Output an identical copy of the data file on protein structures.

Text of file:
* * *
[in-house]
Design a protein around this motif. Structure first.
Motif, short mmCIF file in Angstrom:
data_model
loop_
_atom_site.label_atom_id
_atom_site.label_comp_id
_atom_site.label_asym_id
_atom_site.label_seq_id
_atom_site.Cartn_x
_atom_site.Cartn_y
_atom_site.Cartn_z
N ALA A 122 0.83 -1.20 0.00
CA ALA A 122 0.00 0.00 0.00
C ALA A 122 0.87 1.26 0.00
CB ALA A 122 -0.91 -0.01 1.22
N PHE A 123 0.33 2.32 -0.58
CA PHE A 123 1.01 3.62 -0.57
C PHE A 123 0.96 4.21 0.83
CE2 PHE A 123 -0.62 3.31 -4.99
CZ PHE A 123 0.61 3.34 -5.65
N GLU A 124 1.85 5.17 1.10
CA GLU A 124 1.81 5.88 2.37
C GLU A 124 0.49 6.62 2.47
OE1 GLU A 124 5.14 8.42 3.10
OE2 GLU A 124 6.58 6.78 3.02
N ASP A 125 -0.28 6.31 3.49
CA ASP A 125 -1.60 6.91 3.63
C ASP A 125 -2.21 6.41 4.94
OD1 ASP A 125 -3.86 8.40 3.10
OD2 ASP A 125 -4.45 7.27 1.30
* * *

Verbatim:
[in-house]
Design a protein around this motif. Structure first.
Motif, short mmCIF file in Angstrom:
data_model
loop_
_atom_site.label_atom_id
_atom_site.label_comp_id
_atom_site.label_asym_id
_atom_site.label_seq_id
_atom_site.Cartn_x
_atom_site.Cartn_y
_atom_site.Cartn_z
N ALA A 122 0.83 -1.20 0.00
CA ALA A 122 0.00 0.00 0.00
C ALA A 122 0.87 1.26 0.00
CB ALA A 122 -0.91 -0.01 1.22
N PHE A 123 0.33 2.32 -0.58
CA PHE A 123 1.01 3.62 -0.57
C PHE A 123 0.96 4.21 0.83
CE2 PHE A 123 -0.62 3.31 -4.99
CZ PHE A 123 0.61 3.34 -5.65
N GLU A 124 1.85 5.17 1.10
CA GLU A 124 1.81 5.88 2.37
C GLU A 124 0.49 6.62 2.47
OE1 GLU A 124 5.14 8.42 3.10
OE2 GLU A 124 6.58 6.78 3.02
N ASP A 125 -0.28 6.31 3.49
CA ASP A 125 -1.60 6.91 3.63
C ASP A 125 -2.21 6.41 4.94
OD1 ASP A 125 -3.86 8.40 3.10
OD2 ASP A 125 -4.45 7.27 1.30